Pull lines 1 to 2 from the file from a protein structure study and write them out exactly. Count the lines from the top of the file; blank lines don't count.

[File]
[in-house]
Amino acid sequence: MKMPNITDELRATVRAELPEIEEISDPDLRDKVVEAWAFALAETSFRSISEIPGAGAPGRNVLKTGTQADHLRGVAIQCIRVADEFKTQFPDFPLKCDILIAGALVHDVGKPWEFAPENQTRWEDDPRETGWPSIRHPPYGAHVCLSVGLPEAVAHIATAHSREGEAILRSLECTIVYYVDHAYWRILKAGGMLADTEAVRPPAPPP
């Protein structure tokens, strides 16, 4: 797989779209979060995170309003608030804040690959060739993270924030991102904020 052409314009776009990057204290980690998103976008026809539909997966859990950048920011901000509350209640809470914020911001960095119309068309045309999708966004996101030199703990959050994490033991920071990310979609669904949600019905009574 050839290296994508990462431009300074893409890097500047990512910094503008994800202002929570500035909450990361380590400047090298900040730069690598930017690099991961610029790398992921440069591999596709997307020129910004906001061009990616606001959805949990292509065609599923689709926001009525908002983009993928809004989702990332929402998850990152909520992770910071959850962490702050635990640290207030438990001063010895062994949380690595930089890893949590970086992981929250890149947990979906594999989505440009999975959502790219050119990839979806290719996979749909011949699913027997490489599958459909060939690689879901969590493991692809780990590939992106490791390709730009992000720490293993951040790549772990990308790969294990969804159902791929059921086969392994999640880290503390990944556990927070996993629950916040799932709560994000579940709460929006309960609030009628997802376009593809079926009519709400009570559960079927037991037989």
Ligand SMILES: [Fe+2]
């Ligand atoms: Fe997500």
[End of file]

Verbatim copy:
[in-house]
Amino acid sequence: MKMPNITDELRATVRAELPEIEEISDPDLRDKVVEAWAFALAETSFRSISEIPGAGAPGRNVLKTGTQADHLRGVAIQCIRVADEFKTQFPDFPLKCDILIAGALVHDVGKPWEFAPENQTRWEDDPRETGWPSIRHPPYGAHVCLSVGLPEAVAHIATAHSREGEAILRSLECTIVYYVDHAYWRILKAGGMLADTEAVRPPAPPP